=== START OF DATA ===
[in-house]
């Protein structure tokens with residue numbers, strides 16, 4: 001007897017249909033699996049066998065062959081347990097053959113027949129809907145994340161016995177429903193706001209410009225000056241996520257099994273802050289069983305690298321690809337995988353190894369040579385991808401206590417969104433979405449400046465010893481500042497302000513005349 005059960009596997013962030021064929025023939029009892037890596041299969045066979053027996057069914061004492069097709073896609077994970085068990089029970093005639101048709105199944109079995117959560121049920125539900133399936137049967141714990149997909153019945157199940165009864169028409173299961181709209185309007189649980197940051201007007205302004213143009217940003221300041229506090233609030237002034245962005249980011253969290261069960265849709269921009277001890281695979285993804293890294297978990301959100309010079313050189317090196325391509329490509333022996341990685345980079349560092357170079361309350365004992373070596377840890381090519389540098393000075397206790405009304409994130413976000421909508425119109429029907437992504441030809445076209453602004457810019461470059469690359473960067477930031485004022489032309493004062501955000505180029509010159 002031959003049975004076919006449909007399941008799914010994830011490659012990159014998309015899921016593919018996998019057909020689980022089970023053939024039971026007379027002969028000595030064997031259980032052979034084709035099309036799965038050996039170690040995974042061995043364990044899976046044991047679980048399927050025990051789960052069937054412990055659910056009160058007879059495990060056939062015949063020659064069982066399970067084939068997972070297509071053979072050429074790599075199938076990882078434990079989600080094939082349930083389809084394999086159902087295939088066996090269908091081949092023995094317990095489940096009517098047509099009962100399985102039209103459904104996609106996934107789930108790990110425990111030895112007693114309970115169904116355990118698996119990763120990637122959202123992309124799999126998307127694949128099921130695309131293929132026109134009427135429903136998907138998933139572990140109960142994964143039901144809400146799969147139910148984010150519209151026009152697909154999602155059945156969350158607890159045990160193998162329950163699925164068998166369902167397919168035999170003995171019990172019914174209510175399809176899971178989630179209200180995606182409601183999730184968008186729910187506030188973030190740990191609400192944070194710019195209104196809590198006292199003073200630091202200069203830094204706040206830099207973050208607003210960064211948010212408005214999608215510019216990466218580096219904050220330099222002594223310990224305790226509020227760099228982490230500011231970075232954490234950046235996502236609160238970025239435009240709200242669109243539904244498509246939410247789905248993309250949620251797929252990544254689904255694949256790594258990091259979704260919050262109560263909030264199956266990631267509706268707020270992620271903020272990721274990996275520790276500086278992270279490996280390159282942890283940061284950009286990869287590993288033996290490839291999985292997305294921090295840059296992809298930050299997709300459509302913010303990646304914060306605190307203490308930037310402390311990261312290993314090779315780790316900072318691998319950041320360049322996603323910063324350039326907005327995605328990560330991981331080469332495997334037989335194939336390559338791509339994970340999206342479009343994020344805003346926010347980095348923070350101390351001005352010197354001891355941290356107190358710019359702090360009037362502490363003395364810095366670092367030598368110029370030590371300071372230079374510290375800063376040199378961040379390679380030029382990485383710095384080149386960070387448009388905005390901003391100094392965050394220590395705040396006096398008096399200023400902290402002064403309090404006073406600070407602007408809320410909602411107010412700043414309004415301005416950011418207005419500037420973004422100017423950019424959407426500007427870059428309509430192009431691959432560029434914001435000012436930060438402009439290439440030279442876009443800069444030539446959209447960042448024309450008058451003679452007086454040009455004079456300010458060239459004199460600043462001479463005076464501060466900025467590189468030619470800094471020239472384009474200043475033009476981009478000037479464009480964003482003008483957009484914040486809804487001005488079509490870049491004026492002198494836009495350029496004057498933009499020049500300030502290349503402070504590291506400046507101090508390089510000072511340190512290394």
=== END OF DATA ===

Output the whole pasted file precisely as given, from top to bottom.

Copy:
[in-house]
């Protein structure tokens with residue numbers, strides 16, 4: 001007897017249909033699996049066998065062959081347990097053959113027949129809907145994340161016995177429903193706001209410009225000056241996520257099994273802050289069983305690298321690809337995988353190894369040579385991808401206590417969104433979405449400046465010893481500042497302000513005349 005059960009596997013962030021064929025023939029009892037890596041299969045066979053027996057069914061004492069097709073896609077994970085068990089029970093005639101048709105199944109079995117959560121049920125539900133399936137049967141714990149997909153019945157199940165009864169028409173299961181709209185309007189649980197940051201007007205302004213143009217940003221300041229506090233609030237002034245962005249980011253969290261069960265849709269921009277001890281695979285993804293890294297978990301959100309010079313050189317090196325391509329490509333022996341990685345980079349560092357170079361309350365004992373070596377840890381090519389540098393000075397206790405009304409994130413976000421909508425119109429029907437992504441030809445076209453602004457810019461470059469690359473960067477930031485004022489032309493004062501955000505180029509010159 002031959003049975004076919006449909007399941008799914010994830011490659012990159014998309015899921016593919018996998019057909020689980022089970023053939024039971026007379027002969028000595030064997031259980032052979034084709035099309036799965038050996039170690040995974042061995043364990044899976046044991047679980048399927050025990051789960052069937054412990055659910056009160058007879059495990060056939062015949063020659064069982066399970067084939068997972070297509071053979072050429074790599075199938076990882078434990079989600080094939082349930083389809084394999086159902087295939088066996090269908091081949092023995094317990095489940096009517098047509099009962100399985102039209103459904104996609106996934107789930108790990110425990111030895112007693114309970115169904116355990118698996119990763120990637122959202123992309124799999126998307127694949128099921130695309131293929132026109134009427135429903136998907138998933139572990140109960142994964143039901144809400146799969147139910148984010150519209151026009152697909154999602155059945156969350158607890159045990160193998162329950163699925164068998166369902167397919168035999170003995171019990172019914174209510175399809176899971178989630179209200180995606182409601183999730184968008186729910187506030188973030190740990191609400192944070194710019195209104196809590198006292199003073200630091202200069203830094204706040206830099207973050208607003210960064211948010212408005214999608215510019216990466218580096219904050220330099222002594223310990224305790226509020227760099228982490230500011231970075232954490234950046235996502236609160238970025239435009240709200242669109243539904244498509246939410247789905248993309250949620251797929252990544254689904255694949256790594258990091259979704260919050262109560263909030264199956266990631267509706268707020270992620271903020272990721274990996275520790276500086278992270279490996280390159282942890283940061284950009286990869287590993288033996290490839291999985292997305294921090295840059296992809298930050299997709300459509302913010303990646304914060306605190307203490308930037310402390311990261312290993314090779315780790316900072318691998319950041320360049322996603323910063324350039326907005327995605328990560330991981331080469332495997334037989335194939336390559338791509339994970340999206342479009343994020344805003346926010347980095348923070350101390351001005352010197354001891355941290356107190358710019359702090360009037362502490363003395364810095366670092367030598368110029370030590371300071372230079374510290375800063376040199378961040379390679380030029382990485383710095384080149386960070387448009388905005390901003391100094392965050394220590395705040396006096398008096399200023400902290402002064403309090404006073406600070407602007408809320410909602411107010412700043414309004415301005416950011418207005419500037420973004422100017423950019424959407426500007427870059428309509430192009431691959432560029434914001435000012436930060438402009439290439440030279442876009443800069444030539446959209447960042448024309450008058451003679452007086454040009455004079456300010458060239459004199460600043462001479463005076464501060466900025467590189468030619470800094471020239472384009474200043475033009476981009478000037479464009480964003482003008483957009484914040486809804487001005488079509490870049491004026492002198494836009495350029496004057498933009499020049500300030502290349503402070504590291506400046507101090508390089510000072511340190512290394």